It’s been more than a decade since zombies began their hungry shuffle into the mainstream of popular culture; and, in the monster aristocracy, zombies are currently the reigning royals. Since establishing the Carriage House Poetry Series in 1998, I’ve tried to come up with ideas (especially on occasions like our 19th anniversary this year) that will be fun for both performers and audiences, and something other than the typical poetry reading fare.
In the spirit of the season, and with Halloween coming soon, the Carriage House Series presented a program of ghoulishly good poetry, costumes, and celebration on October 17th. We called the program “Poets’ Apocalypse,” as a play on the current popularity of zombies and the term “Zombie Apocalypse.”
The slideshow from YouTube is below!
It’s amazing how fascinated we humans are with things that “go bump in the night.” As far as literature goes, books by Stephen King delight us, and Edgar Allan Poe’s stories and poems draw us to their characters and situations in the most appealingly spine-chilling ways. Given a choice between such written works and ballerina and bunny stories, the choice for many of us is obvious.
It may be that, because there’s so much real fear in our personal and global worlds, we find comfort of a sort in reading “scary” books and poems about other peoples’ terror. Or, maybe, we find it encouraging to “see” how weaker protagonists outsmart their terrifying antagonists. Whatever the reason, fictional monsters of one sort or another (from Stephen King’s vampire to Poe's raven, as well as the monsters we fear within ourselves) excite the imagination and continue to draw us to them.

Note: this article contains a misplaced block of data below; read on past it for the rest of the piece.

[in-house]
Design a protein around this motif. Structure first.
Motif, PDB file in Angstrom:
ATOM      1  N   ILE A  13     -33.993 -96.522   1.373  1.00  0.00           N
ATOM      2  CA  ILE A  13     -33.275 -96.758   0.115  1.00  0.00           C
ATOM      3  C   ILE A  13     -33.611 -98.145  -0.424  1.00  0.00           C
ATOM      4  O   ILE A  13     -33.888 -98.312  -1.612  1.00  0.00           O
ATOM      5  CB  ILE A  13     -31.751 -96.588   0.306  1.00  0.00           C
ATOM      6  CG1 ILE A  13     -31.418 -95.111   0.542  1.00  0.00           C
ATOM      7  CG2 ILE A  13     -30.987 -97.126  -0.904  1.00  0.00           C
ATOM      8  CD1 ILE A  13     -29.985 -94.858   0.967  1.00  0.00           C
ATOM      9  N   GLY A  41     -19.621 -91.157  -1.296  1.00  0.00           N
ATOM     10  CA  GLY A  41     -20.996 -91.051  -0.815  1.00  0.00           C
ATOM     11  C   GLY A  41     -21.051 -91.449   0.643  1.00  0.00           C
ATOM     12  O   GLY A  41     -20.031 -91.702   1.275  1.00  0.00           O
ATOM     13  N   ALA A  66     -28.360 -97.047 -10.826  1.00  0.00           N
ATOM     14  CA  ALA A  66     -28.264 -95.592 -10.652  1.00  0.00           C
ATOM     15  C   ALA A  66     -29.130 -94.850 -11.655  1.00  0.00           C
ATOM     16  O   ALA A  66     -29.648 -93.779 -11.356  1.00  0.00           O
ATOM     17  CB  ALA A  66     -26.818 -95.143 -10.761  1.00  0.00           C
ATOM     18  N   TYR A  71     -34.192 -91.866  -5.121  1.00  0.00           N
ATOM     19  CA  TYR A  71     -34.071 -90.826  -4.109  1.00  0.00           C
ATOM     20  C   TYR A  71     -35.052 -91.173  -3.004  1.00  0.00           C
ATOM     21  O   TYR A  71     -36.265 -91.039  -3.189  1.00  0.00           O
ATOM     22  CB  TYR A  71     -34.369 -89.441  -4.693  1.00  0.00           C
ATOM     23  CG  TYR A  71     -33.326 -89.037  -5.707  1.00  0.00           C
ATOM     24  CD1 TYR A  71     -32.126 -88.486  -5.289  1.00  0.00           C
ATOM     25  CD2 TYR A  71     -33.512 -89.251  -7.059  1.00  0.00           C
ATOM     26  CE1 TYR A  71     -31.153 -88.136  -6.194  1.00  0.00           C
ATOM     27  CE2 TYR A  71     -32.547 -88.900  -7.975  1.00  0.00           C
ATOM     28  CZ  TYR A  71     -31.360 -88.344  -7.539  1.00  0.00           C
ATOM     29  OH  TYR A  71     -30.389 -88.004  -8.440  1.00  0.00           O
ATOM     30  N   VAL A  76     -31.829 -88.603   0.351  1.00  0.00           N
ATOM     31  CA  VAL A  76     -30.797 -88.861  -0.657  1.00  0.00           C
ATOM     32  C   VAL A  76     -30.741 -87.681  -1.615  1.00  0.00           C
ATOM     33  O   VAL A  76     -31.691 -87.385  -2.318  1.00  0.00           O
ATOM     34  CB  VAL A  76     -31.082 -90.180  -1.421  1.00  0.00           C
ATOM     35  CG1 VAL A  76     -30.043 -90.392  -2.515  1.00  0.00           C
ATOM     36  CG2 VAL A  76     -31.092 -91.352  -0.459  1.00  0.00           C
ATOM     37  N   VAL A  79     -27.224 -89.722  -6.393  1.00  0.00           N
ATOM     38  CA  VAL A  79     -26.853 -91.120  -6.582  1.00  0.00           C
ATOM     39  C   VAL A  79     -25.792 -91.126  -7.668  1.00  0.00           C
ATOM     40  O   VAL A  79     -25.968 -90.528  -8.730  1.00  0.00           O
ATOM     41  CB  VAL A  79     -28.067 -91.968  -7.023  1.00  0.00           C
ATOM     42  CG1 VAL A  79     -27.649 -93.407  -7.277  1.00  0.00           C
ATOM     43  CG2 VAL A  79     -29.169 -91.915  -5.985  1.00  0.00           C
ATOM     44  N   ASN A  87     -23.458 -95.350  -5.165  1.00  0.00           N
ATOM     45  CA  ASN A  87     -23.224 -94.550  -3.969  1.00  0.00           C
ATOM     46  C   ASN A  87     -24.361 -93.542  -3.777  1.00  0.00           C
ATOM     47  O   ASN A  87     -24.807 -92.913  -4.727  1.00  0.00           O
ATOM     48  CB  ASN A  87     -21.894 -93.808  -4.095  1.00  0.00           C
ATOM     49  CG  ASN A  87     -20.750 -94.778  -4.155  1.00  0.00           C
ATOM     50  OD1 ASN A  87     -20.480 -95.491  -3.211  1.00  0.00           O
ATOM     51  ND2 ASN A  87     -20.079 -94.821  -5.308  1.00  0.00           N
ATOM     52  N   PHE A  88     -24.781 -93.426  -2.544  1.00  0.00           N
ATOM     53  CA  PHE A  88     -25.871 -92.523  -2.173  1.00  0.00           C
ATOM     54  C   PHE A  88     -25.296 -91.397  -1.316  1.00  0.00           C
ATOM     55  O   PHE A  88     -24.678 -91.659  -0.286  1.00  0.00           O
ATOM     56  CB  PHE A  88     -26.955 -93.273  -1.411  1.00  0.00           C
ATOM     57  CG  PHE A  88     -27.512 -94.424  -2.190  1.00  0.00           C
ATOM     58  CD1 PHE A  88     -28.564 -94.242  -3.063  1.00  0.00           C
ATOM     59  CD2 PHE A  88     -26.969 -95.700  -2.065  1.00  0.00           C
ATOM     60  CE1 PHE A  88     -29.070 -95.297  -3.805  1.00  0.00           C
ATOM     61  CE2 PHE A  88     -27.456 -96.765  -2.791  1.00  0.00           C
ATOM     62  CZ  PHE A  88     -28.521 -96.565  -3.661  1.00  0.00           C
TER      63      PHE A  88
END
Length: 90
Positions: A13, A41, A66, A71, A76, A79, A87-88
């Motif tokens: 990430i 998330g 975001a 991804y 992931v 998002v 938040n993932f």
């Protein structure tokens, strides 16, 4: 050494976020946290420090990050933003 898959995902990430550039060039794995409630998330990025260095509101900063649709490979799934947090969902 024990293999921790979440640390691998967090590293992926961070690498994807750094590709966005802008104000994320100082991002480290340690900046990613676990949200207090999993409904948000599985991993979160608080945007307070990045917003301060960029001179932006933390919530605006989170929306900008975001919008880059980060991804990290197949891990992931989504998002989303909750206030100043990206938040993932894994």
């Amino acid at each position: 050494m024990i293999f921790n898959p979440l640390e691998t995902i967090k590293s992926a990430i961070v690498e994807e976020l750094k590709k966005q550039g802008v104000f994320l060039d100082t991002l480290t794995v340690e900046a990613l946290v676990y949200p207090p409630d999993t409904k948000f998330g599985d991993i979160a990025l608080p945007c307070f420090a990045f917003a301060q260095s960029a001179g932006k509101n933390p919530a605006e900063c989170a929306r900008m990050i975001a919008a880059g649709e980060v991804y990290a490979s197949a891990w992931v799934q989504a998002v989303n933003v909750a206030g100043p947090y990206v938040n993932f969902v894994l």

There are undoubtedly dozens of psychological explanations for our fascination with monsters, but I like to think that scary creatures are just plain fun. With that in mind, this week’s challenge is to write a poem about a monster.
1. Make up a monster or personalize one that’s commonly known. (Keep in mind that “monsters” may also be emotional or psychological.)
2. Describe your monster—not too much detail but enough to create a solid visual for your readers.
3. Tell how a "psychological monster" manifests itself in your life.
4. Create a poem about a "monster" fear that haunts or taunts you (based on things such as fear of the dark or fear of being alone).
5. Think about how you might be (or have been) a monster to someone, and write about it.
6. Write about an unexplained monster: the Yeti, Bigfoot, the Jersey Devil, the Chupacabra, the Loogaroo (or any other regional creature that’s known in local lore).
7. Write about how someone is a monster to you, or write about how something in your life is monstrous.
8. If “serious” monsters aren’t your cup of tea, you might want to try a humorous approach. If you do, be monstrously funny.
1. The first line of your poem should be inviting, shocking, or curious enough to lure readers in.
2. Your poem should astonish readers in some way: insights, perceptions, imagery, description.
3. You should include at least one image or figure of speech that makes your readers gasp.
4. There should be an element of mystery and understatement in your poem—don't give everything away.
5. Avoid the usual pitfalls:
· writing in the passive voice,
· over-using adjectives,
· "ing" endings,
· too many prepositional phrases.